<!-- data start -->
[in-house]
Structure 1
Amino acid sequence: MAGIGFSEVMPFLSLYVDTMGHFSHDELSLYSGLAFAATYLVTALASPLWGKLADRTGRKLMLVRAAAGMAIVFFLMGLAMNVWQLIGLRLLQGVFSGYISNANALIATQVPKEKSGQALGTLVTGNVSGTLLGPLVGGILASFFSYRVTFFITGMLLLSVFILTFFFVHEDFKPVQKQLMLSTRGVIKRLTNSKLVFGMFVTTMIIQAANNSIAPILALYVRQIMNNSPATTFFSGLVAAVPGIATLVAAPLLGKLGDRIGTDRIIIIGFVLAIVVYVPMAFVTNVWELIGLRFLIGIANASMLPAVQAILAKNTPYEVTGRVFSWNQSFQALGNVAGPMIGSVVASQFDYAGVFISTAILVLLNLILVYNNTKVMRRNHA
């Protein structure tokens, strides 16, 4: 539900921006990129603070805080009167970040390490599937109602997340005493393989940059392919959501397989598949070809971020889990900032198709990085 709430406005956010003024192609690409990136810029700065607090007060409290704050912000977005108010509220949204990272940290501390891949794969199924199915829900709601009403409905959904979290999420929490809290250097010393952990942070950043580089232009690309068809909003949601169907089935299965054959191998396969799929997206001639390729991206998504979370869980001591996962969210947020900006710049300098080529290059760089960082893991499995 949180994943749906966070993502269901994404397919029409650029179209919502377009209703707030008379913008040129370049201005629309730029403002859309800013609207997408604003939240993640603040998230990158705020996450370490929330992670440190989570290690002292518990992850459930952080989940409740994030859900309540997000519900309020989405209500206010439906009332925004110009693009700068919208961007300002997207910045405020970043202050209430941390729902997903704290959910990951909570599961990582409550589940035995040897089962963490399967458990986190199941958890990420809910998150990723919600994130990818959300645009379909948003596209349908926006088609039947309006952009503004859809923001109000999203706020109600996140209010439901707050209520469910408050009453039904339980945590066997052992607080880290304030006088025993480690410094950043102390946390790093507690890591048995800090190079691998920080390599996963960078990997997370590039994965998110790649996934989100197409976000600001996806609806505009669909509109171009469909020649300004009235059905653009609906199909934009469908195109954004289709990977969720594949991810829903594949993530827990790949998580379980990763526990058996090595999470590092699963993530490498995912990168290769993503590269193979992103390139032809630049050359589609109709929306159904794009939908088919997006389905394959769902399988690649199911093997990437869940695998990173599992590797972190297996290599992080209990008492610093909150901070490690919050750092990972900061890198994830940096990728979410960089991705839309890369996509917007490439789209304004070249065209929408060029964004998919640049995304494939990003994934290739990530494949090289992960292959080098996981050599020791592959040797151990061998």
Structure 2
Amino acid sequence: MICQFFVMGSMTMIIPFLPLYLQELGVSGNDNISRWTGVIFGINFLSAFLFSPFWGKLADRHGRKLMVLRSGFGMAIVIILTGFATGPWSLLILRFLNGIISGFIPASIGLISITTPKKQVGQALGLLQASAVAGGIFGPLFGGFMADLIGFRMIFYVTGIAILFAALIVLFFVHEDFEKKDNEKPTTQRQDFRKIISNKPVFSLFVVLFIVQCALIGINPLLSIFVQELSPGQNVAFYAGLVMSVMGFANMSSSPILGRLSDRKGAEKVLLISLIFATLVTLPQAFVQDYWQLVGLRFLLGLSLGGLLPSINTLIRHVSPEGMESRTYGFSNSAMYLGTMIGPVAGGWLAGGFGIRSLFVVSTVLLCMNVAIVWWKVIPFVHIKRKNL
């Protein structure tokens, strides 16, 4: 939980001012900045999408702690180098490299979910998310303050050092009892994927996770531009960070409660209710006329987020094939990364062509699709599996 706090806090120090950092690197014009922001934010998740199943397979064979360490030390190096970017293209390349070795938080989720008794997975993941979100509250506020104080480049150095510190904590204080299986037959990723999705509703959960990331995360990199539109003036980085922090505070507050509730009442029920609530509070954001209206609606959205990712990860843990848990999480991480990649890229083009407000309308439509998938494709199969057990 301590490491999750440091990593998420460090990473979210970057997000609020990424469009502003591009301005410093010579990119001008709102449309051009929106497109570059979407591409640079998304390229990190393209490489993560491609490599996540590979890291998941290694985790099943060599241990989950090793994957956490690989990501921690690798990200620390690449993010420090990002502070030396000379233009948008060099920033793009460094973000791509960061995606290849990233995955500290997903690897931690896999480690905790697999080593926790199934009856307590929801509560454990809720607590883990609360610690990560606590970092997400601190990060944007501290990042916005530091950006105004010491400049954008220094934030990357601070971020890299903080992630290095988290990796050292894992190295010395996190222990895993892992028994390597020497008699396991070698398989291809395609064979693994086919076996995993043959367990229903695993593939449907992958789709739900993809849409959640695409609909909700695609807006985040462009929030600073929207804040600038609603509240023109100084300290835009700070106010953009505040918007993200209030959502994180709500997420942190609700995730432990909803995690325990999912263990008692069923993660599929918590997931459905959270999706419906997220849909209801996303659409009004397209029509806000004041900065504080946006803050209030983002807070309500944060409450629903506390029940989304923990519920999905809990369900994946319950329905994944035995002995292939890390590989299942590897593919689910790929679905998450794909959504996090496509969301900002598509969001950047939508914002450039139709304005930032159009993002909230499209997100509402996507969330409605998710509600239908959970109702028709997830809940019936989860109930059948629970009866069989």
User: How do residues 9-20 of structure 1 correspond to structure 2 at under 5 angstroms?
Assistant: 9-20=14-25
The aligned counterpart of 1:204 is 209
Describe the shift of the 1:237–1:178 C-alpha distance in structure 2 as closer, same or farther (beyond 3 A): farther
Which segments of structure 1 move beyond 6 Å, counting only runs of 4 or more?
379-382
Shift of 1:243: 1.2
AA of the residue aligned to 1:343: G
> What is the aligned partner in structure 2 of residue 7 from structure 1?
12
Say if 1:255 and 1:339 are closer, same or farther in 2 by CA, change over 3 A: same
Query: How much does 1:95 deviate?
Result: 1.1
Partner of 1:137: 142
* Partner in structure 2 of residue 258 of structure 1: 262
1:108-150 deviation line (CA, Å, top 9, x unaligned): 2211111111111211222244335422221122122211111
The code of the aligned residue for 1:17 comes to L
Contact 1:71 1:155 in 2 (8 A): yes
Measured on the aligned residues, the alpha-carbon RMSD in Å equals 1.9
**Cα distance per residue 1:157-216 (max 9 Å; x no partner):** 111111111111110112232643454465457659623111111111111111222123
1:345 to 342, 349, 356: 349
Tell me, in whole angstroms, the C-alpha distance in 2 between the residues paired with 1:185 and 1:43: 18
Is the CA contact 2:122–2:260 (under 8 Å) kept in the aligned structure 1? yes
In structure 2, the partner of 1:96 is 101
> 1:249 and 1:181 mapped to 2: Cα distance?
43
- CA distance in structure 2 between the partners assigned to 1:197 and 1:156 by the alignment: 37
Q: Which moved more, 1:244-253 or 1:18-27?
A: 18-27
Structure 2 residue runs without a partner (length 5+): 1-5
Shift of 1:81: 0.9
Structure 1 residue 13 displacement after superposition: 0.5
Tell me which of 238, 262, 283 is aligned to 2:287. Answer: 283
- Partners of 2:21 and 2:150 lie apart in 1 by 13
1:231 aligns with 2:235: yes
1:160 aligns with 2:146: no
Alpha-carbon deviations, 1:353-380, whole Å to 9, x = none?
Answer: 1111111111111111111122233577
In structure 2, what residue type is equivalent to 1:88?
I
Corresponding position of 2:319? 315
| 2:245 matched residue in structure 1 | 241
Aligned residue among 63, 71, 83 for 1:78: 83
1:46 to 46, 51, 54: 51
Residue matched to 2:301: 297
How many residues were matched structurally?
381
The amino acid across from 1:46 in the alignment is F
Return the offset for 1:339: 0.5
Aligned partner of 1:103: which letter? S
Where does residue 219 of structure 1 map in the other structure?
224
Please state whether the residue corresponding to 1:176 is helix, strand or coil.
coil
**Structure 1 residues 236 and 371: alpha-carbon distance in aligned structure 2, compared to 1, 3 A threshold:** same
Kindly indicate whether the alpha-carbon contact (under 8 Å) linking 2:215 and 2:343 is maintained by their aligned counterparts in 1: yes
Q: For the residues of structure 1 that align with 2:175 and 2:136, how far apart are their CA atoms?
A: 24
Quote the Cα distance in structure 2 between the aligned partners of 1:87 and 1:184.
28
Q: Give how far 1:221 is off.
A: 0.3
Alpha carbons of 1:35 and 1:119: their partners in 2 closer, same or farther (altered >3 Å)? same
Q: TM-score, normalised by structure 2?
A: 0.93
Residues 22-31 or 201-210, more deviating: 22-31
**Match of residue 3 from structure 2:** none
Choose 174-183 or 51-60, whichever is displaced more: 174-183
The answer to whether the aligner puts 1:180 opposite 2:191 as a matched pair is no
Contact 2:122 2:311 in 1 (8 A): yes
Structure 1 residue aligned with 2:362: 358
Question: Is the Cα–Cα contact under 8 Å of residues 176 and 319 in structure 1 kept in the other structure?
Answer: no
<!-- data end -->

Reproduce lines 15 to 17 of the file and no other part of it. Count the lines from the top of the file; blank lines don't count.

AA of the residue aligned to 1:343: G
> What is the aligned partner in structure 2 of residue 7 from structure 1?
12